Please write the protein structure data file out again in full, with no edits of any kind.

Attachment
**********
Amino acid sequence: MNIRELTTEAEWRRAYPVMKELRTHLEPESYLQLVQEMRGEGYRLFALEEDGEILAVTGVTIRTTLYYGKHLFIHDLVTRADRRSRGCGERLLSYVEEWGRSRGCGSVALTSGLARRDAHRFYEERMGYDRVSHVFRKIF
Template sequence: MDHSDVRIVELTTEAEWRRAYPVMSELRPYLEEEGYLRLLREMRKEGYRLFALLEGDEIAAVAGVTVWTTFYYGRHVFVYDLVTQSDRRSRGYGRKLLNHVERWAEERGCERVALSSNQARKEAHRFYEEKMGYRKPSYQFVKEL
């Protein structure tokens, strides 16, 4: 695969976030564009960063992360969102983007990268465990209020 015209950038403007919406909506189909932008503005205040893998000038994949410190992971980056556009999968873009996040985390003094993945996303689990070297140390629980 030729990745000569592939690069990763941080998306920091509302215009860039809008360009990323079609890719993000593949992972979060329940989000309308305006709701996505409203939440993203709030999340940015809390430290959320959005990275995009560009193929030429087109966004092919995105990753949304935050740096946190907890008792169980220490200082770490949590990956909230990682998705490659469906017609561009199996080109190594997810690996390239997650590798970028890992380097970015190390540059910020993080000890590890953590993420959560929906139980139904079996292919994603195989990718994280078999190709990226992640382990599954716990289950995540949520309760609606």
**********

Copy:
Amino acid sequence: MNIRELTTEAEWRRAYPVMKELRTHLEPESYLQLVQEMRGEGYRLFALEEDGEILAVTGVTIRTTLYYGKHLFIHDLVTRADRRSRGCGERLLSYVEEWGRSRGCGSVALTSGLARRDAHRFYEERMGYDRVSHVFRKIF
Template sequence: MDHSDVRIVELTTEAEWRRAYPVMSELRPYLEEEGYLRLLREMRKEGYRLFALLEGDEIAAVAGVTVWTTFYYGRHVFVYDLVTQSDRRSRGYGRKLLNHVERWAEERGCERVALSSNQARKEAHRFYEEKMGYRKPSYQFVKEL
């Protein structure tokens, strides 16, 4: 695969976030564009960063992360969102983007990268465990209020 015209950038403007919406909506189909932008503005205040893998000038994949410190992971980056556009999968873009996040985390003094993945996303689990070297140390629980 030729990745000569592939690069990763941080998306920091509302215009860039809008360009990323079609890719993000593949992972979060329940989000309308305006709701996505409203939440993203709030999340940015809390430290959320959005990275995009560009193929030429087109966004092919995105990753949304935050740096946190907890008792169980220490200082770490949590990956909230990682998705490659469906017609561009199996080109190594997810690996390239997650590798970028890992380097970015190390540059910020993080000890590890953590993420959560929906139980139904079996292919994603195989990718994280078999190709990226992640382990599954716990289950995540949520309760609606």